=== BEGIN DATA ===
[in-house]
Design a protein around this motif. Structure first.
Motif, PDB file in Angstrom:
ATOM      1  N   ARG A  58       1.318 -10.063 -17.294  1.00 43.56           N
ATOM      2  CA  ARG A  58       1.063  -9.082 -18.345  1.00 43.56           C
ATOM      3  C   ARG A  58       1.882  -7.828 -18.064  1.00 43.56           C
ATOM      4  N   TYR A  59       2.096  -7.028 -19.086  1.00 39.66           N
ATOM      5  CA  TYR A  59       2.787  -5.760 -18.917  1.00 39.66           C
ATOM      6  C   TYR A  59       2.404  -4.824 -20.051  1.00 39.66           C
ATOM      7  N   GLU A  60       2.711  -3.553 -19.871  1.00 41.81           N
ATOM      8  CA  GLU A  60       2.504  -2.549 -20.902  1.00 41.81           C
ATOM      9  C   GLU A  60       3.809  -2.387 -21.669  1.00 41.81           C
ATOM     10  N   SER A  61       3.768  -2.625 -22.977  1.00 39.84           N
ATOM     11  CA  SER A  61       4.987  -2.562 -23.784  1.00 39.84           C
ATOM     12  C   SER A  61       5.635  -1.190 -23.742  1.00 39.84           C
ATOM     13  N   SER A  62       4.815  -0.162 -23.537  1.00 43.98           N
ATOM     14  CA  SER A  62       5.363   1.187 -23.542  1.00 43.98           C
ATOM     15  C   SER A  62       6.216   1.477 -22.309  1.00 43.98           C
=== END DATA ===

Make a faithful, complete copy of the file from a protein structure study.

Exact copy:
[in-house]
Design a protein around this motif. Structure first.
Motif, PDB file in Angstrom:
ATOM      1  N   ARG A  58       1.318 -10.063 -17.294  1.00 43.56           N
ATOM      2  CA  ARG A  58       1.063  -9.082 -18.345  1.00 43.56           C
ATOM      3  C   ARG A  58       1.882  -7.828 -18.064  1.00 43.56           C
ATOM      4  N   TYR A  59       2.096  -7.028 -19.086  1.00 39.66           N
ATOM      5  CA  TYR A  59       2.787  -5.760 -18.917  1.00 39.66           C
ATOM      6  C   TYR A  59       2.404  -4.824 -20.051  1.00 39.66           C
ATOM      7  N   GLU A  60       2.711  -3.553 -19.871  1.00 41.81           N
ATOM      8  CA  GLU A  60       2.504  -2.549 -20.902  1.00 41.81           C
ATOM      9  C   GLU A  60       3.809  -2.387 -21.669  1.00 41.81           C
ATOM     10  N   SER A  61       3.768  -2.625 -22.977  1.00 39.84           N
ATOM     11  CA  SER A  61       4.987  -2.562 -23.784  1.00 39.84           C
ATOM     12  C   SER A  61       5.635  -1.190 -23.742  1.00 39.84           C
ATOM     13  N   SER A  62       4.815  -0.162 -23.537  1.00 43.98           N
ATOM     14  CA  SER A  62       5.363   1.187 -23.542  1.00 43.98           C
ATOM     15  C   SER A  62       6.216   1.477 -22.309  1.00 43.98           C